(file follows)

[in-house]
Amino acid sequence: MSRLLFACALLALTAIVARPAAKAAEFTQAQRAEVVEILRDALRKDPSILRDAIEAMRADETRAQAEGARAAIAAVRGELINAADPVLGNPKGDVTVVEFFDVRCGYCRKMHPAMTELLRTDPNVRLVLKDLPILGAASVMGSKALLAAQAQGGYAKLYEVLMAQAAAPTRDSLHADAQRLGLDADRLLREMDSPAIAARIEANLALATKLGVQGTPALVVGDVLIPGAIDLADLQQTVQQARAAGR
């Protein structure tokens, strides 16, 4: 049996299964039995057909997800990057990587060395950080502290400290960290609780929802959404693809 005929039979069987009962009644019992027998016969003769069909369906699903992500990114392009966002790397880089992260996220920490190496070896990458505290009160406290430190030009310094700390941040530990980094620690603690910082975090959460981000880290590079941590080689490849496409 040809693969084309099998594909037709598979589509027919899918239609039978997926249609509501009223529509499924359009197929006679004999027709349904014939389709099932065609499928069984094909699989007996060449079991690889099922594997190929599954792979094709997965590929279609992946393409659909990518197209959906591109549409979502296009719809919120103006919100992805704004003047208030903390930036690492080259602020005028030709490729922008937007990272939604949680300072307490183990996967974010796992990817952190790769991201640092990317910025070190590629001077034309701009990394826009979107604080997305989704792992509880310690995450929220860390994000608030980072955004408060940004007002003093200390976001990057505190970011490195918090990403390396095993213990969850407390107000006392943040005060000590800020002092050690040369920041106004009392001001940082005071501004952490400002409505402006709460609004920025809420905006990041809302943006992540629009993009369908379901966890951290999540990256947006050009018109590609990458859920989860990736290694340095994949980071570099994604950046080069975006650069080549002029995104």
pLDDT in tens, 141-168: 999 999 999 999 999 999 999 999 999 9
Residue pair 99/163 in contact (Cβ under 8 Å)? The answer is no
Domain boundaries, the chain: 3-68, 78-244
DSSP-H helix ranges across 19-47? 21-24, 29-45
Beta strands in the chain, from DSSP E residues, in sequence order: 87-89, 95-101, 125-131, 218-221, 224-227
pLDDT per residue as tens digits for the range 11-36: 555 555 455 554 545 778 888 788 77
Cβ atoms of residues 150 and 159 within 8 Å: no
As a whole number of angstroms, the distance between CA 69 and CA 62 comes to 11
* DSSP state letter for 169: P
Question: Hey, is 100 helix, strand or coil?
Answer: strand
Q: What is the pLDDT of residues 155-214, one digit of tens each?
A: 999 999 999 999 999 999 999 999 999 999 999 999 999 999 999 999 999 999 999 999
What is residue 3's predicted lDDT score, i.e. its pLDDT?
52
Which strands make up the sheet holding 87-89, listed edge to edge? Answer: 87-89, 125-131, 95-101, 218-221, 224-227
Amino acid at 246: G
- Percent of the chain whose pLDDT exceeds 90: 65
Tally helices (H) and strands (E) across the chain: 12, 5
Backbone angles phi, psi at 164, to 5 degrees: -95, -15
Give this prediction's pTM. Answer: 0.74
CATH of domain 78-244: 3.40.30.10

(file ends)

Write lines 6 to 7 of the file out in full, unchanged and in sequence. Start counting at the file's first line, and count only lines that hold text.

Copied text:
Domain boundaries, the chain: 3-68, 78-244
DSSP-H helix ranges across 19-47? 21-24, 29-45